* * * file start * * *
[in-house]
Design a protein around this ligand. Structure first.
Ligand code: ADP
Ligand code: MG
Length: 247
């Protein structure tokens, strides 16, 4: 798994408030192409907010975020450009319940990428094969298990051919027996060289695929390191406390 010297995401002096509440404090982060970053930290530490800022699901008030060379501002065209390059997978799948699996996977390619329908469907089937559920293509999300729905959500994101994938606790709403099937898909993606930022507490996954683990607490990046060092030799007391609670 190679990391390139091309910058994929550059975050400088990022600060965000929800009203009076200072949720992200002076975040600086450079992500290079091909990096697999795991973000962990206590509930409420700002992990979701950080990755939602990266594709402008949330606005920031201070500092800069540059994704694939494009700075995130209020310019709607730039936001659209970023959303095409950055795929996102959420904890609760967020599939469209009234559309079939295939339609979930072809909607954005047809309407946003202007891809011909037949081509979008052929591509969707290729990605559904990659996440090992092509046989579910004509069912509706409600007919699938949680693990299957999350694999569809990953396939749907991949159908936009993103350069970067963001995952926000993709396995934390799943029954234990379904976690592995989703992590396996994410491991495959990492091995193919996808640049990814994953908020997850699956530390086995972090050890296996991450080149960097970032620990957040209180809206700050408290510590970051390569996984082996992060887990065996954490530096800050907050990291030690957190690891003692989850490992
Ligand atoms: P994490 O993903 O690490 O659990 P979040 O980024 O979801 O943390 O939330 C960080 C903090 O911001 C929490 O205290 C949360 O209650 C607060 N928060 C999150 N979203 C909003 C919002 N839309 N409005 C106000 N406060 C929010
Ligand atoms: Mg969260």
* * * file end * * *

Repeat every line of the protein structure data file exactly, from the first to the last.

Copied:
[in-house]
Design a protein around this ligand. Structure first.
Ligand code: ADP
Ligand code: MG
Length: 247
């Protein structure tokens, strides 16, 4: 798994408030192409907010975020450009319940990428094969298990051919027996060289695929390191406390 010297995401002096509440404090982060970053930290530490800022699901008030060379501002065209390059997978799948699996996977390619329908469907089937559920293509999300729905959500994101994938606790709403099937898909993606930022507490996954683990607490990046060092030799007391609670 190679990391390139091309910058994929550059975050400088990022600060965000929800009203009076200072949720992200002076975040600086450079992500290079091909990096697999795991973000962990206590509930409420700002992990979701950080990755939602990266594709402008949330606005920031201070500092800069540059994704694939494009700075995130209020310019709607730039936001659209970023959303095409950055795929996102959420904890609760967020599939469209009234559309079939295939339609979930072809909607954005047809309407946003202007891809011909037949081509979008052929591509969707290729990605559904990659996440090992092509046989579910004509069912509706409600007919699938949680693990299957999350694999569809990953396939749907991949159908936009993103350069970067963001995952926000993709396995934390799943029954234990379904976690592995989703992590396996994410491991495959990492091995193919996808640049990814994953908020997850699956530390086995972090050890296996991450080149960097970032620990957040209180809206700050408290510590970051390569996984082996992060887990065996954490530096800050907050990291030690957190690891003692989850490992
Ligand atoms: P994490 O993903 O690490 O659990 P979040 O980024 O979801 O943390 O939330 C960080 C903090 O911001 C929490 O205290 C949360 O209650 C607060 N928060 C999150 N979203 C909003 C919002 N839309 N409005 C106000 N406060 C929010
Ligand atoms: Mg969260």